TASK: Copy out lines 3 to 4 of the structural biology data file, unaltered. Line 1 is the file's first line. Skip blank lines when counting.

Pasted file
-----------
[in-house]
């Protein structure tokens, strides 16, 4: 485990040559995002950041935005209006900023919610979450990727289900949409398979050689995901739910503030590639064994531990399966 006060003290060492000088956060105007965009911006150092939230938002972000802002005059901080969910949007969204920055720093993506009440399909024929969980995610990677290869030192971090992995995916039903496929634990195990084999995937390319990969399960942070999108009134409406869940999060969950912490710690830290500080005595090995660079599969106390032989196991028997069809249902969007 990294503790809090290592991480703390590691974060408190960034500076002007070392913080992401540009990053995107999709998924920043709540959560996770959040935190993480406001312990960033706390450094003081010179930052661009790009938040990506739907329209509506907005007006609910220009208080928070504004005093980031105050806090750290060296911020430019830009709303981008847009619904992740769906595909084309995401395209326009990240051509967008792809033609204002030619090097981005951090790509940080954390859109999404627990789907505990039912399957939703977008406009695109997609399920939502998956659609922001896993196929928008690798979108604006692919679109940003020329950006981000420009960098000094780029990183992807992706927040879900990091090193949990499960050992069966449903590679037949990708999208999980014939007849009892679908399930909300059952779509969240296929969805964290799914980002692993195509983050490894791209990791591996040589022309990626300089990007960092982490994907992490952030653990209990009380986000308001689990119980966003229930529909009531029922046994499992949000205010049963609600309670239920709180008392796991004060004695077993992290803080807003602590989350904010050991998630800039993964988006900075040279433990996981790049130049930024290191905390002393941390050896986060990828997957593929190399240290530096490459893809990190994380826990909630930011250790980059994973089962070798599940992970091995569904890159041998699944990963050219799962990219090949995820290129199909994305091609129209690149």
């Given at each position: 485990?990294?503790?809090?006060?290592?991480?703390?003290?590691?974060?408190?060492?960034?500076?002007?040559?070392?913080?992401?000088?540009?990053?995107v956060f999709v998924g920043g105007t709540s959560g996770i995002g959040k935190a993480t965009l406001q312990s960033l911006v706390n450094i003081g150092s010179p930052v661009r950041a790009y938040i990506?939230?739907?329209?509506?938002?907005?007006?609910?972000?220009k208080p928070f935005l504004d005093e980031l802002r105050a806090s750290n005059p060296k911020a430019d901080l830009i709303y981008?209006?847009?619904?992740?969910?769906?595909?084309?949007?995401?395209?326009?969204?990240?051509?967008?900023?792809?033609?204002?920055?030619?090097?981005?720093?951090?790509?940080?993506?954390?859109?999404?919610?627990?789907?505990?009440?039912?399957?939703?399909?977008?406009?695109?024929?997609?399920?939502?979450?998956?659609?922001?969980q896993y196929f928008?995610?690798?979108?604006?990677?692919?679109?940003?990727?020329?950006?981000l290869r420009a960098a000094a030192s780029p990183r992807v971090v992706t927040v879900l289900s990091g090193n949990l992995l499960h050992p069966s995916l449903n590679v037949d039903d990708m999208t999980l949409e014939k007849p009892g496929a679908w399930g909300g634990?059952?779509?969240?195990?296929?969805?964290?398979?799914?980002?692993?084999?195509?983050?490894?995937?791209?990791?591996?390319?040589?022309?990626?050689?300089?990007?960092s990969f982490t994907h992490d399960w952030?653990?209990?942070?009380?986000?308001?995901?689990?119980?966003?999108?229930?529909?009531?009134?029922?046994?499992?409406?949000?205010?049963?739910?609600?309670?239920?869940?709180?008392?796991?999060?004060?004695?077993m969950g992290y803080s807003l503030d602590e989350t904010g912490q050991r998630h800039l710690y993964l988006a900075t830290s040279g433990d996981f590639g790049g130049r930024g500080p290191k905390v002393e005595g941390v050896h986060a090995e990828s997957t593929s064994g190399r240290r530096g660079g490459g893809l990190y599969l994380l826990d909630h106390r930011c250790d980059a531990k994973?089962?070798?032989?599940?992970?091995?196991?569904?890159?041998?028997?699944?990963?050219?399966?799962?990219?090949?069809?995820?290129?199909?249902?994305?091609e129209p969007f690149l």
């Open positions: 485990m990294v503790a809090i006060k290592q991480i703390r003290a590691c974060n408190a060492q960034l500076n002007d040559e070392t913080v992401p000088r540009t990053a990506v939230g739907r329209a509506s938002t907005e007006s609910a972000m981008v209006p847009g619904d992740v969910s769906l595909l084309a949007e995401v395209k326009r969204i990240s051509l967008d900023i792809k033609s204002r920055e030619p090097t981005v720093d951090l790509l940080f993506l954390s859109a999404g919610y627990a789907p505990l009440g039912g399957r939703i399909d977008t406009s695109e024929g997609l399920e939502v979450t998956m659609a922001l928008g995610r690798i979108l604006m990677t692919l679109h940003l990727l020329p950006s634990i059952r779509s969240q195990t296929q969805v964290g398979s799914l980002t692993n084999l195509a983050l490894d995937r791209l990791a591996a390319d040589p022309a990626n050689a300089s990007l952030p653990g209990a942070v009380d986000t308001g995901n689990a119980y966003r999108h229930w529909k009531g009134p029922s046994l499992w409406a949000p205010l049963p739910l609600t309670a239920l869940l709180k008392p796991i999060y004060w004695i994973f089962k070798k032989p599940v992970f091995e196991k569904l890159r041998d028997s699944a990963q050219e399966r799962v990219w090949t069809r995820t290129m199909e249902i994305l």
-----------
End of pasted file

């Given at each position: 485990?990294?503790?809090?006060?290592?991480?703390?003290?590691?974060?408190?060492?960034?500076?002007?040559?070392?913080?992401?000088?540009?990053?995107v956060f999709v998924g920043g105007t709540s959560g996770i995002g959040k935190a993480t965009l406001q312990s960033l911006v706390n450094i003081g150092s010179p930052v661009r950041a790009y938040i990506?939230?739907?329209?509506?938002?907005?007006?609910?972000?220009k208080p928070f935005l504004d005093e980031l802002r105050a806090s750290n005059p060296k911020a430019d901080l830009i709303y981008?209006?847009?619904?992740?969910?769906?595909?084309?949007?995401?395209?326009?969204?990240?051509?967008?900023?792809?033609?204002?920055?030619?090097?981005?720093?951090?790509?940080?993506?954390?859109?999404?919610?627990?789907?505990?009440?039912?399957?939703?399909?977008?406009?695109?024929?997609?399920?939502?979450?998956?659609?922001?969980q896993y196929f928008?995610?690798?979108?604006?990677?692919?679109?940003?990727?020329?950006?981000l290869r420009a960098a000094a030192s780029p990183r992807v971090v992706t927040v879900l289900s990091g090193n949990l992995l499960h050992p069966s995916l449903n590679v037949d039903d990708m999208t999980l949409e014939k007849p009892g496929a679908w399930g909300g634990?059952?779509?969240?195990?296929?969805?964290?398979?799914?980002?692993?084999?195509?983050?490894?995937?791209?990791?591996?390319?040589?022309?990626?050689?300089?990007?960092s990969f982490t994907h992490d399960w952030?653990?209990?942070?009380?986000?308001?995901?689990?119980?966003?999108?229930?529909?009531?009134?029922?046994?499992?409406?949000?205010?049963?739910?609600?309670?239920?869940?709180?008392?796991?999060?004060?004695?077993m969950g992290y803080s807003l503030d602590e989350t904010g912490q050991r998630h800039l710690y993964l988006a900075t830290s040279g433990d996981f590639g790049g130049r930024g500080p290191k905390v002393e005595g941390v050896h986060a090995e990828s997957t593929s064994g190399r240290r530096g660079g490459g893809l990190y599969l994380l826990d909630h106390r930011c250790d980059a531990k994973?089962?070798?032989?599940?992970?091995?196991?569904?890159?041998?028997?699944?990963?050219?399966?799962?990219?090949?069809?995820?290129?199909?249902?994305?091609e129209p969007f690149l």
């Open positions: 485990m990294v503790a809090i006060k290592q991480i703390r003290a590691c974060n408190a060492q960034l500076n002007d040559e070392t913080v992401p000088r540009t990053a990506v939230g739907r329209a509506s938002t907005e007006s609910a972000m981008v209006p847009g619904d992740v969910s769906l595909l084309a949007e995401v395209k326009r969204i990240s051509l967008d900023i792809k033609s204002r920055e030619p090097t981005v720093d951090l790509l940080f993506l954390s859109a999404g919610y627990a789907p505990l009440g039912g399957r939703i399909d977008t406009s695109e024929g997609l399920e939502v979450t998956m659609a922001l928008g995610r690798i979108l604006m990677t692919l679109h940003l990727l020329p950006s634990i059952r779509s969240q195990t296929q969805v964290g398979s799914l980002t692993n084999l195509a983050l490894d995937r791209l990791a591996a390319d040589p022309a990626n050689a300089s990007l952030p653990g209990a942070v009380d986000t308001g995901n689990a119980y966003r999108h229930w529909k009531g009134p029922s046994l499992w409406a949000p205010l049963p739910l609600t309670a239920l869940l709180k008392p796991i999060y004060w004695i994973f089962k070798k032989p599940v992970f091995e196991k569904l890159r041998d028997s699944a990963q050219e399966r799962v990219w090949t069809r995820t290129m199909e249902i994305l």